Harry Phillips came to Skagway in 1898 and opened the Peerless Saloon on 4th Avenue mid block, south side, between Broadway and State which is now a small residence off of the alley. The Peerless only was in business for about a year and then Harry moved to Dawson and opened the Office Bar and Saloon with his wife Annie. By 1901 he was 34 and she was 27 but they had no kids. Perhaps he met her in Skagway or Dawson. After that, I can find no trace of them, perhaps they moved back down south (they were both born in the U.S.) In the photo above he would be the proud owner, but which one is he? any guesses?
1901 Dawson census; Catherine Spude, The Mascot Saloon, NPS; Alaska Digital Archives;
Born on this day, March 8, 1839 in Benton County Tennessee, Joseph grew up in a large farming family in Tennessee and Missouri. The family crossed the country in an ox-driven covered wagon in 1853 on the Oregon Trail and they settled in Pendleton, Oregon. His brothers all had ranches and became involved in politics.
He joined the gold rush in January, 1898, going first to Skagway, after which he engaged in business at Lake Bennett, British Columbia, for two years. He sold out there with the intention of moving his stock to Dawson and proceeded down the Yukon river, taking his goods with him on flatboats. While en route he lost about two thousand dollars through the sinking of a boat in a storm, for, although he succeeded in raising the boat, the stock was almost worthless. In Dawson he again embarked in general merchandising but after eighteen months closed out his store there and returned to Eugene, making the trip down the Yukon river to St. Michael and thence to Nome.
His brother William stayed in Skagway a little longer establishing the Idaho Saloon, the Midway Saloon, and was president of the Skagway Brewing Co. Saloon but he also left for the Yukon in 1899 and later returned to Pendleton, Oregon.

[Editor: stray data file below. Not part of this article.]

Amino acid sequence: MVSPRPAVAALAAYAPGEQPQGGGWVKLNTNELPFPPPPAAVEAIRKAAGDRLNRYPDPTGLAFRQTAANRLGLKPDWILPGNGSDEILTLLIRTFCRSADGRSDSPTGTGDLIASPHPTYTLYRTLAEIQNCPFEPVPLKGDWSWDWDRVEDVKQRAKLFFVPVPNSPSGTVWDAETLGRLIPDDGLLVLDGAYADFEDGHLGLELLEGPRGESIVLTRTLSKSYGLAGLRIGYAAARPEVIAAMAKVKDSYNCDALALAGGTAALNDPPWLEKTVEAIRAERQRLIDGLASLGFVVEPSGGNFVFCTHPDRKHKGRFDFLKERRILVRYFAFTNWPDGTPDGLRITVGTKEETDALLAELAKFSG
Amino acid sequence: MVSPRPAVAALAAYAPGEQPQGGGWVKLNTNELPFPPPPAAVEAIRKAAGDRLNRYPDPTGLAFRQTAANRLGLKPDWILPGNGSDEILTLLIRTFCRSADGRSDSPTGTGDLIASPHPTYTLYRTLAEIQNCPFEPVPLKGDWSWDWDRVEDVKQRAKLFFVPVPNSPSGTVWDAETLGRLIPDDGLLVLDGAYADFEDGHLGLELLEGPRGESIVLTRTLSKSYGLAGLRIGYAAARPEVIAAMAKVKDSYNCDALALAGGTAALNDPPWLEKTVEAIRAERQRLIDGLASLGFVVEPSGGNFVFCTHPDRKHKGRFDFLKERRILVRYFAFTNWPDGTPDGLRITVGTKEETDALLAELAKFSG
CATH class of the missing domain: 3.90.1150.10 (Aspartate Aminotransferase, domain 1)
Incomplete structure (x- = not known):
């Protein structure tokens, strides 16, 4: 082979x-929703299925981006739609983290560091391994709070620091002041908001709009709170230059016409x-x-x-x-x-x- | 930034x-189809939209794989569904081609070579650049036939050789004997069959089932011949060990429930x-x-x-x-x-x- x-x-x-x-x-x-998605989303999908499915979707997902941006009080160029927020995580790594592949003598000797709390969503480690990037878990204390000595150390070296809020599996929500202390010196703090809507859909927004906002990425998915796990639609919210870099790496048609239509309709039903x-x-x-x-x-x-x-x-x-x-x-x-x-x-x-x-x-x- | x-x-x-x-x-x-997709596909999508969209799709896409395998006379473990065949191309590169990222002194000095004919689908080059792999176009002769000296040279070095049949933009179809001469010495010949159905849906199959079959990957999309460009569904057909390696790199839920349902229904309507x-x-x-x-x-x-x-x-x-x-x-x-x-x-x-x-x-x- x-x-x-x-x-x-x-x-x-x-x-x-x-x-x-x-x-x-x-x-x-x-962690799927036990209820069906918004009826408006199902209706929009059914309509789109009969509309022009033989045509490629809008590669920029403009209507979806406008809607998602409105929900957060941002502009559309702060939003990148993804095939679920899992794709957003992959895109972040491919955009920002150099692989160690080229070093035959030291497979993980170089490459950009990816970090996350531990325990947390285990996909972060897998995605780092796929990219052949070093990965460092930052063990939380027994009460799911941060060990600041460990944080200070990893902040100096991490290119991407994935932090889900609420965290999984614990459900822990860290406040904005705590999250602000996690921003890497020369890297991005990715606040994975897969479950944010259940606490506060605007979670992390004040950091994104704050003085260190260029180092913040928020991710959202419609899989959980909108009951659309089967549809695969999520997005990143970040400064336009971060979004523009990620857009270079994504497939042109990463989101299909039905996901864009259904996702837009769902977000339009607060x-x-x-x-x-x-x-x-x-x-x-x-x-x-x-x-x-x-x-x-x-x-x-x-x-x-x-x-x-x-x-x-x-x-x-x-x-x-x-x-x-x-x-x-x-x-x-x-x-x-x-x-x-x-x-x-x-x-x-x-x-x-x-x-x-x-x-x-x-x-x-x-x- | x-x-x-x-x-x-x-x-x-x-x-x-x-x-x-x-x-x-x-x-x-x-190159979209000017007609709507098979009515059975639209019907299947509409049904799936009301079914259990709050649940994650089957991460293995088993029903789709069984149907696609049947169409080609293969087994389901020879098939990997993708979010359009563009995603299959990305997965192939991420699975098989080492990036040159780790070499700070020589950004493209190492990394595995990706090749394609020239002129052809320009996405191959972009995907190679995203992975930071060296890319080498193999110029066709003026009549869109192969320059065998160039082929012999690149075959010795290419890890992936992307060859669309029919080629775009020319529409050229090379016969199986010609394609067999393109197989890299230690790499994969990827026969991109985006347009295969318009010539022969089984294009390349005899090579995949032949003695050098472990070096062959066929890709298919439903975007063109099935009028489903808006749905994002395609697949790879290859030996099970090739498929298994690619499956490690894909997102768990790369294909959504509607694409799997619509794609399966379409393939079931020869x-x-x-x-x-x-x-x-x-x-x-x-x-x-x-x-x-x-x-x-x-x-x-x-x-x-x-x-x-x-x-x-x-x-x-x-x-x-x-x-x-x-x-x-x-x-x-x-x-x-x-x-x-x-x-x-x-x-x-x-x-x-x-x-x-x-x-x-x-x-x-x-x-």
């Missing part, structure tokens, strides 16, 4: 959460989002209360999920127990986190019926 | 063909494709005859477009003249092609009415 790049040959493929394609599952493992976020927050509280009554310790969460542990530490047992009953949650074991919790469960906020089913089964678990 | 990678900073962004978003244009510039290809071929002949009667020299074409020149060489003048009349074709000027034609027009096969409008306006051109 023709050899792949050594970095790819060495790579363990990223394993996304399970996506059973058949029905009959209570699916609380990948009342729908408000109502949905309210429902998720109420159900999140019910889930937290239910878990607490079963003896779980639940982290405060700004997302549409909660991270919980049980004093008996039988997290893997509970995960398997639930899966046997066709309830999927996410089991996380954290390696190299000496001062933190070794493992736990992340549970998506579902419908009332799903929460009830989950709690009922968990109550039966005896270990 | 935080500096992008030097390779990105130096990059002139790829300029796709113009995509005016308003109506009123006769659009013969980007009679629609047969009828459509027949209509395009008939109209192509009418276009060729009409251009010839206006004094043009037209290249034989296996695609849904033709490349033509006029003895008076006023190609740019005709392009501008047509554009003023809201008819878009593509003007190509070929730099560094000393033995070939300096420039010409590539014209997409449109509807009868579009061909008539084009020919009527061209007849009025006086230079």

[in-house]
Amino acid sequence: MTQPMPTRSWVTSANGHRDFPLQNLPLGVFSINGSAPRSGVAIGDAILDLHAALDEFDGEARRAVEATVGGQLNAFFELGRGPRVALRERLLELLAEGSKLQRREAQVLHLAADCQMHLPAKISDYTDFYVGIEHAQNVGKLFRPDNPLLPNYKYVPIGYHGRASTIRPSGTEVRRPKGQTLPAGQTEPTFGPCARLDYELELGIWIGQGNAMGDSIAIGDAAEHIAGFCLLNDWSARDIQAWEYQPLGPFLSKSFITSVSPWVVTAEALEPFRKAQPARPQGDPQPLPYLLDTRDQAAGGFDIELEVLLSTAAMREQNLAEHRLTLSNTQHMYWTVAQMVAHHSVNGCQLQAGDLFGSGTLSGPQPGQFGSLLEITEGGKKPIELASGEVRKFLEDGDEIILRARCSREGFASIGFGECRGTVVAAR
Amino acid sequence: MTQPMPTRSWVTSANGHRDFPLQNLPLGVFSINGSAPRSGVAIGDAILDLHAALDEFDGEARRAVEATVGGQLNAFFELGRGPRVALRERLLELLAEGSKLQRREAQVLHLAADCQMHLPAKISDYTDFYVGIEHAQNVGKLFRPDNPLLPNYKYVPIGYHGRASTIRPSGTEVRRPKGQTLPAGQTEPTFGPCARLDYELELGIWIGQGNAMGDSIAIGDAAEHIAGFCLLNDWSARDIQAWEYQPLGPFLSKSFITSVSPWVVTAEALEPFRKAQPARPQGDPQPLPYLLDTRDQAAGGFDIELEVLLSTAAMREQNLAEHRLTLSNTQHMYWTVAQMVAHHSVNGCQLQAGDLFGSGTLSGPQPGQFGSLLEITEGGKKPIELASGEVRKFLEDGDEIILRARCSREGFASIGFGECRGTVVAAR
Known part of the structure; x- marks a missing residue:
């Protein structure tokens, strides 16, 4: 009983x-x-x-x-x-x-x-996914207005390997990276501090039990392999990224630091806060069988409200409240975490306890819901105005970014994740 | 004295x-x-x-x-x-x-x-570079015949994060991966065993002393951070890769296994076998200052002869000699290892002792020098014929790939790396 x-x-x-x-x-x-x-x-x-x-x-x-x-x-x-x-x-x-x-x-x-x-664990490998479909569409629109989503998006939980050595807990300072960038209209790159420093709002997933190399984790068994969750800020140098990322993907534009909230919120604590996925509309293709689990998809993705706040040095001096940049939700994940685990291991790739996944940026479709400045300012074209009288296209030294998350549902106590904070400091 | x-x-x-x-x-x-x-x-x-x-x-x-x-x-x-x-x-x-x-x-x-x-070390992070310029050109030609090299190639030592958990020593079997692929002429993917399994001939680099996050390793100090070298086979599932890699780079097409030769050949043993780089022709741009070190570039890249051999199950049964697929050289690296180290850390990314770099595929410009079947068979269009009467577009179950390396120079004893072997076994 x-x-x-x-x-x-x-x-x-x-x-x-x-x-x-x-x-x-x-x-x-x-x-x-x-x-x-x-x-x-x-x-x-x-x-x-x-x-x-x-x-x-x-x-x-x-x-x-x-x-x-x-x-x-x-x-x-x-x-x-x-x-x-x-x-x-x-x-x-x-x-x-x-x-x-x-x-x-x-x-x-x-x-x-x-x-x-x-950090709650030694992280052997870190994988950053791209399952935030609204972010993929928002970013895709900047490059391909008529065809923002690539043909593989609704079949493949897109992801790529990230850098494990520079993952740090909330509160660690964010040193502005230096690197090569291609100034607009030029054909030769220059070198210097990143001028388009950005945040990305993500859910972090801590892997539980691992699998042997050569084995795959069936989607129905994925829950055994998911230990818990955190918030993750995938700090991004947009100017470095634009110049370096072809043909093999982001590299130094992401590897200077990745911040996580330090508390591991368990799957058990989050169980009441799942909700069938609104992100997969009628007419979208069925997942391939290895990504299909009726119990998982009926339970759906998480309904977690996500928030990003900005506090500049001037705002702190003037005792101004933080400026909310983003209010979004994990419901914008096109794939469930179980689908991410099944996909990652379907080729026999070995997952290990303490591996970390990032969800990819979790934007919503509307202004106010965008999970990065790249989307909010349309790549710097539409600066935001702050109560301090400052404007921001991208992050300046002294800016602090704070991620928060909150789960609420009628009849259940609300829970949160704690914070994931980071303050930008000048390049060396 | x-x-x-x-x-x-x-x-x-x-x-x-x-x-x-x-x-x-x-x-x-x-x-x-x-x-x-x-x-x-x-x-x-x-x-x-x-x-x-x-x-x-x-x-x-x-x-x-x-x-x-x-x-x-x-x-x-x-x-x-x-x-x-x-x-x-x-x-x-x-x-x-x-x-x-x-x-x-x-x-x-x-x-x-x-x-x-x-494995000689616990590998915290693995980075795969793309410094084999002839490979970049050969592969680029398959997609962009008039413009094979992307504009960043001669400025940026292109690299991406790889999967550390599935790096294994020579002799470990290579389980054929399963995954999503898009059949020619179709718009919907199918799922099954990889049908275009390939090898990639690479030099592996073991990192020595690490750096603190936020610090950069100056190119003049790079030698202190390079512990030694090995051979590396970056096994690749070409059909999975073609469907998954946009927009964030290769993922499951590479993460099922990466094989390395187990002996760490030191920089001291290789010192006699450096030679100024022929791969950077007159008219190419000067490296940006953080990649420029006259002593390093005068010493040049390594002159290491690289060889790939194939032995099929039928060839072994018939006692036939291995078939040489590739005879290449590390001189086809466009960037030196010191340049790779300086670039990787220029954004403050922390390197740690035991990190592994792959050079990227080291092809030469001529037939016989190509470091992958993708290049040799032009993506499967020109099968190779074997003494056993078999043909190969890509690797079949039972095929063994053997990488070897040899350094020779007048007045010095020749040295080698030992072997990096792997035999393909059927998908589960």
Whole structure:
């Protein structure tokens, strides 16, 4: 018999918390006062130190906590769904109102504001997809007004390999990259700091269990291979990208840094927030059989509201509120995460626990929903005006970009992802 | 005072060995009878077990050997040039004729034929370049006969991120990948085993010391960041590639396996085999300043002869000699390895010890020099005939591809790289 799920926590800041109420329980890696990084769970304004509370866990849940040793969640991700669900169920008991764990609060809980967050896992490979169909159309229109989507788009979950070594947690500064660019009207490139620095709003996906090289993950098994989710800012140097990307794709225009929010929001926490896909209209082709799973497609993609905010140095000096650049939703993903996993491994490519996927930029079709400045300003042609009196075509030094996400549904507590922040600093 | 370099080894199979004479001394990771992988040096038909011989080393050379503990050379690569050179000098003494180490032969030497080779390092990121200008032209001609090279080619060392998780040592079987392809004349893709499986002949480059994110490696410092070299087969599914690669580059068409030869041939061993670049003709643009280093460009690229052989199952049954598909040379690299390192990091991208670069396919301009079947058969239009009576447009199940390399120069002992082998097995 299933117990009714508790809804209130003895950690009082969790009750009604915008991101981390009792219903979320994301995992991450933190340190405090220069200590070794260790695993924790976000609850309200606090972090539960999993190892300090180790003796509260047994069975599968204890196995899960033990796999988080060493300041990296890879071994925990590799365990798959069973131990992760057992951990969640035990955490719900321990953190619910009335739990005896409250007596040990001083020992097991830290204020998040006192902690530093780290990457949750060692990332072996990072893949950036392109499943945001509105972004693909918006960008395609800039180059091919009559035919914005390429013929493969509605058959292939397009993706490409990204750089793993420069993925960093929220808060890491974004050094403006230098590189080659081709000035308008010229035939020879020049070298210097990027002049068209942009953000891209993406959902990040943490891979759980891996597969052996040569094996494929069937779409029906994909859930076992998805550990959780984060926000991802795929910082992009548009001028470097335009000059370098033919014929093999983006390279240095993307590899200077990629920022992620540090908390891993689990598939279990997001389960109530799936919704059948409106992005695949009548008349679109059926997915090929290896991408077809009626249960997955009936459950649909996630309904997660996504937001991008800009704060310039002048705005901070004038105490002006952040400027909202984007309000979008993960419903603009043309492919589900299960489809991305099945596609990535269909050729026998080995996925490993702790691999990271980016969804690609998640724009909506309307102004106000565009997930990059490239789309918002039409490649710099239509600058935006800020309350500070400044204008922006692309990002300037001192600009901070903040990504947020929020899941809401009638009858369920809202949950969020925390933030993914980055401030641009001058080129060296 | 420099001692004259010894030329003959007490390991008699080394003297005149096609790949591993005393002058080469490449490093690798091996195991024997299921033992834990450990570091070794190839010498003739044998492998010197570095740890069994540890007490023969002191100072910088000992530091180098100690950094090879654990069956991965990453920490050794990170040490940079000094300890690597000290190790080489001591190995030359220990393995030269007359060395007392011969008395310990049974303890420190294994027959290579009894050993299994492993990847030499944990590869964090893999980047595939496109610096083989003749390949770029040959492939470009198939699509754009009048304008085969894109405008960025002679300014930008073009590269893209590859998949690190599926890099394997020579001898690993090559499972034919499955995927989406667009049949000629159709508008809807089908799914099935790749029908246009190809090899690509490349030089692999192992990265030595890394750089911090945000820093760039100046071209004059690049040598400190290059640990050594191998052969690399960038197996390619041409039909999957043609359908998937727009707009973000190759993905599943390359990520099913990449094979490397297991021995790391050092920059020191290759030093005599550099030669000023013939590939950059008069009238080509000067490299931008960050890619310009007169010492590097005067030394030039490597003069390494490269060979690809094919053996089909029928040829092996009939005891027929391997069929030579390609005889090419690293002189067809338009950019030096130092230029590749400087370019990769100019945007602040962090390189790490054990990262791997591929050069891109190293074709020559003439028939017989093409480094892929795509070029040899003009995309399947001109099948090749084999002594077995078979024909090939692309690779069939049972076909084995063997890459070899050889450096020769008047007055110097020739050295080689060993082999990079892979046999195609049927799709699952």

Joseph died in 1921 in Lane County, Oregon at the age of 82 surrounded by his 12 children. William also died there in 1914.
Seen above is the corner of 3rd and Broadway, the building on the corner, across the street from the Golden North and next to the Sweet Tooth Cafe is the building which once housed the Idaho Saloon.
Gaston, Joseph. “The Centennial History of Oregon, 1811-1912.” Vol. 4. Chicago, Clarke Publishing Co., 1912. p. 355; Oregon death index.
Happy Birthday to John Cassius Hoff born on this day, March 5, 1875 on the family farm in Dallas County, Iowa. He was one of 8 children and in 1897 he and his older brother, Oscar or “Shorty” decided to come up to Alaska for the gold rush. They apparently traveled with Jack London for 6 months and they operated a freight and transportation company bringing fresh fruit, eggs and other staples up to the gold country from the coast, rather than mining. He returned in 1898 to Des Moines, IA with $2,000 in gold and some great stories. His older brother, “Shorty” remained in Skagway long enough to start the “Hoff & Gem Saloon” and then left for Canada in 1898. John returned to Iowa, ran the family farm and died there in 1960.
I don’t know if the Hoff & Gem ever produced tokens (they were a lot easier than measuring gold dust for drinks) but here is one example of a Skagway token, for the Idaho Saloon.
John Scott Hoff family information on genealogy.com
Smith p. 461 of “Alias Soapy Smith”
John Weise emigrated to St Paul Minnesota from Brightling, Sussex England where he was born on September 29, 1872. At the time he emigrated his name was Jesse Funnell. When he moved to Skagway in 1898 he changed his name to John Weise. He may have gone to Atlin to mine but later worked in Skagway as a bartender for the Board of Trade Saloon.
He also worked as a section foreman for White Pass. He married Theresa, a cook for White Pass and they lived in Skagway when their son, John was born in 1915. In 1916-17 they moved to Whitehorse when Prohibition closed the bars in Skagway.
John’s grandson, also John Weise, forwarded the photo above which he believes is his grandfather – a dapper fellow! I will post some more of his photos in upcoming blogs – some great ones of Engine 67, Engine 61 and some workers on White Pass using work carts/Casey cars which I have never seen before.
John Weiss; 1920 census.